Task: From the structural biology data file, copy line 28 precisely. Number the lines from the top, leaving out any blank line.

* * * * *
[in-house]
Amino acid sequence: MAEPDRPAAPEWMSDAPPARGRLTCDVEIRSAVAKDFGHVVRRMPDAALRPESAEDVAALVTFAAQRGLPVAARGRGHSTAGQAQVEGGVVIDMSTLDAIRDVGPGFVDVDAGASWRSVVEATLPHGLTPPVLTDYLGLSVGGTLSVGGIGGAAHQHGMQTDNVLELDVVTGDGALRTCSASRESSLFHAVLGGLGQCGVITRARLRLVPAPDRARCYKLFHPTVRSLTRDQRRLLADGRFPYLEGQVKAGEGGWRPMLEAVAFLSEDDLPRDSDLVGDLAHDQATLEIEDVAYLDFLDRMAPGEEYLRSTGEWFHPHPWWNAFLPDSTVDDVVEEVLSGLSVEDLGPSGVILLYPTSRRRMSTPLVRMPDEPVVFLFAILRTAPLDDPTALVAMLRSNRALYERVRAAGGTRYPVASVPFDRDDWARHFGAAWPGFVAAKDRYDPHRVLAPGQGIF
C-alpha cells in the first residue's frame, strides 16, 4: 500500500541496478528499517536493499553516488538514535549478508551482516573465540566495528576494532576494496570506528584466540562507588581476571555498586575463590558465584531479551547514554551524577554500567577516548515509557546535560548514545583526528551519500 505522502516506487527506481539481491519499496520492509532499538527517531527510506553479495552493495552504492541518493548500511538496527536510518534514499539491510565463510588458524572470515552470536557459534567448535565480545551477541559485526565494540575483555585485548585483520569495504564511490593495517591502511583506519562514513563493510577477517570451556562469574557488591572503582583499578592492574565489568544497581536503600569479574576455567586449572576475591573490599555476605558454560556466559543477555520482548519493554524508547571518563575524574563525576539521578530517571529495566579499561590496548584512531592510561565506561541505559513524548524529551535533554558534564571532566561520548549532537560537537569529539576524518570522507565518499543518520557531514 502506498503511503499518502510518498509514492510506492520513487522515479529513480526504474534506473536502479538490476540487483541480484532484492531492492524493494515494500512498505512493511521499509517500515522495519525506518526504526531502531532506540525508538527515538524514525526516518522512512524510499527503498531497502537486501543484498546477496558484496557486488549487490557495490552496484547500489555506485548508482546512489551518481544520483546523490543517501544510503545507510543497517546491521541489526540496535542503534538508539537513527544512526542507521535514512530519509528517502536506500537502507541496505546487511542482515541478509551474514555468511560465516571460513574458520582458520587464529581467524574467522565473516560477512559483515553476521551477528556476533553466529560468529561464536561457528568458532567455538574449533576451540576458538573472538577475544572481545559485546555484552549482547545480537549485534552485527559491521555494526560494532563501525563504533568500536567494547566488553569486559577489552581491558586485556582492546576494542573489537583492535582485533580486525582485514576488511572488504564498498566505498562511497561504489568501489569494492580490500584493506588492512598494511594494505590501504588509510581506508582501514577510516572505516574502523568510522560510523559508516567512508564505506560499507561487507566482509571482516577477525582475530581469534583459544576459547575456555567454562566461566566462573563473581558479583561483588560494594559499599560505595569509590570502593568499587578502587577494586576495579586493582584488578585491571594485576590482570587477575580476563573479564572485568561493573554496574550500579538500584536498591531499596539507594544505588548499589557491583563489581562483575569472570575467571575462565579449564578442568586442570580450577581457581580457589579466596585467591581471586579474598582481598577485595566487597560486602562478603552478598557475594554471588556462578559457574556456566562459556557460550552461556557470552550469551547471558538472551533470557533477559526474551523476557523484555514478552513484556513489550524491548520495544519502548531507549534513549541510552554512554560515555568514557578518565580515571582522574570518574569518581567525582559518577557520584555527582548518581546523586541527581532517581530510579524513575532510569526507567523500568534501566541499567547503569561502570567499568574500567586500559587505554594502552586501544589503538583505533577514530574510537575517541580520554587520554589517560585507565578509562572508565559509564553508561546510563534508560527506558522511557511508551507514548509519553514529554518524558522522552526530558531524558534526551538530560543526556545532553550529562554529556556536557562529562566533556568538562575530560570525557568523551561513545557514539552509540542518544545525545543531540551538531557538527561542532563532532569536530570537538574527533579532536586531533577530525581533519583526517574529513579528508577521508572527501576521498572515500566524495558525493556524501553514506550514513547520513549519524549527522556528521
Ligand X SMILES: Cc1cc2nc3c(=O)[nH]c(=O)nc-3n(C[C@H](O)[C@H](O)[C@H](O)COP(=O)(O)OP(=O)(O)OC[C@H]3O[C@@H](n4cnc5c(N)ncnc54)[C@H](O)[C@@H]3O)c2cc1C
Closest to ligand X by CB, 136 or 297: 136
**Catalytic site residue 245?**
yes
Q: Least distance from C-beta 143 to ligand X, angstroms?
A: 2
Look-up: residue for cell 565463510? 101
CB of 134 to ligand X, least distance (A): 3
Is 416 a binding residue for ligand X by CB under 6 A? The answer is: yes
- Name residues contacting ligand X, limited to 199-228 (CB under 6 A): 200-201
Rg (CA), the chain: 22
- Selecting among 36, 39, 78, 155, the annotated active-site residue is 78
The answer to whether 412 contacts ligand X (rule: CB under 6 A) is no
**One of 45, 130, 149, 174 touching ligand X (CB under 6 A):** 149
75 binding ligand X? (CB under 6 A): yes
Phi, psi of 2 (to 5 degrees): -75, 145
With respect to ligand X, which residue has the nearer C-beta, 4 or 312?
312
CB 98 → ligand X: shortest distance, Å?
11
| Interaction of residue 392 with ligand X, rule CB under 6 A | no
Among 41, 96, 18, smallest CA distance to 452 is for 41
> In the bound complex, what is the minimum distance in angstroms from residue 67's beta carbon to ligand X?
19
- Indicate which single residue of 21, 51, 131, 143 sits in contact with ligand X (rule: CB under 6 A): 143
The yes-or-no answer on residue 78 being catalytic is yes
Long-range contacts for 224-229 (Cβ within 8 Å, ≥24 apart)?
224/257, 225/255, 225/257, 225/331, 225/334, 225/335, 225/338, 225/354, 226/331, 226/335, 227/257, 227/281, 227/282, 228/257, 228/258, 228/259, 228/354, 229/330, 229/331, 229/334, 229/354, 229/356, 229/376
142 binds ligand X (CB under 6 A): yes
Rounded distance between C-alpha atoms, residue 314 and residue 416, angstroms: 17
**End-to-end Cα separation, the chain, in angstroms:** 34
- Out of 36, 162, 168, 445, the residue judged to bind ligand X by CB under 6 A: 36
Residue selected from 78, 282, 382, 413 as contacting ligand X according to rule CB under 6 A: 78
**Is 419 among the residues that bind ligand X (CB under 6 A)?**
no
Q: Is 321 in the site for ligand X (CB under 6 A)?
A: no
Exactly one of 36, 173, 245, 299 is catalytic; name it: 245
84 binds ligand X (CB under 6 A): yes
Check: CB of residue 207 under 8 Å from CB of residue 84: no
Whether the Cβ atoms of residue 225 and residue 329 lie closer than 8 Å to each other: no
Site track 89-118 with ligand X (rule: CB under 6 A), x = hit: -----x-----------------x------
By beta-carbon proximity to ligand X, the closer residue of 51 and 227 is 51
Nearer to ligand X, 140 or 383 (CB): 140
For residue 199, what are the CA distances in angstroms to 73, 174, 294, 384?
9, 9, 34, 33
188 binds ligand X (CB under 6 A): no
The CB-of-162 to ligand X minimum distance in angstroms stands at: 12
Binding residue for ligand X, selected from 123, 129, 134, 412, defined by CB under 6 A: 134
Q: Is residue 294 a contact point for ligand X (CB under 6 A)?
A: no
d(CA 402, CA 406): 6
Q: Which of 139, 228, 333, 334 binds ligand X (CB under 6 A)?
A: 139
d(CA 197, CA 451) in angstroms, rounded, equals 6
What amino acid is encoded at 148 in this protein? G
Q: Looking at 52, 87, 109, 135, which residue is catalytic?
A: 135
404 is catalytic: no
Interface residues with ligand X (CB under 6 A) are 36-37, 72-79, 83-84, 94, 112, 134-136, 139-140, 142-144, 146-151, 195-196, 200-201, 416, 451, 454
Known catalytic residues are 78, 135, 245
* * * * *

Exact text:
- Indicate which single residue of 21, 51, 131, 143 sits in contact with ligand X (rule: CB under 6 A): 143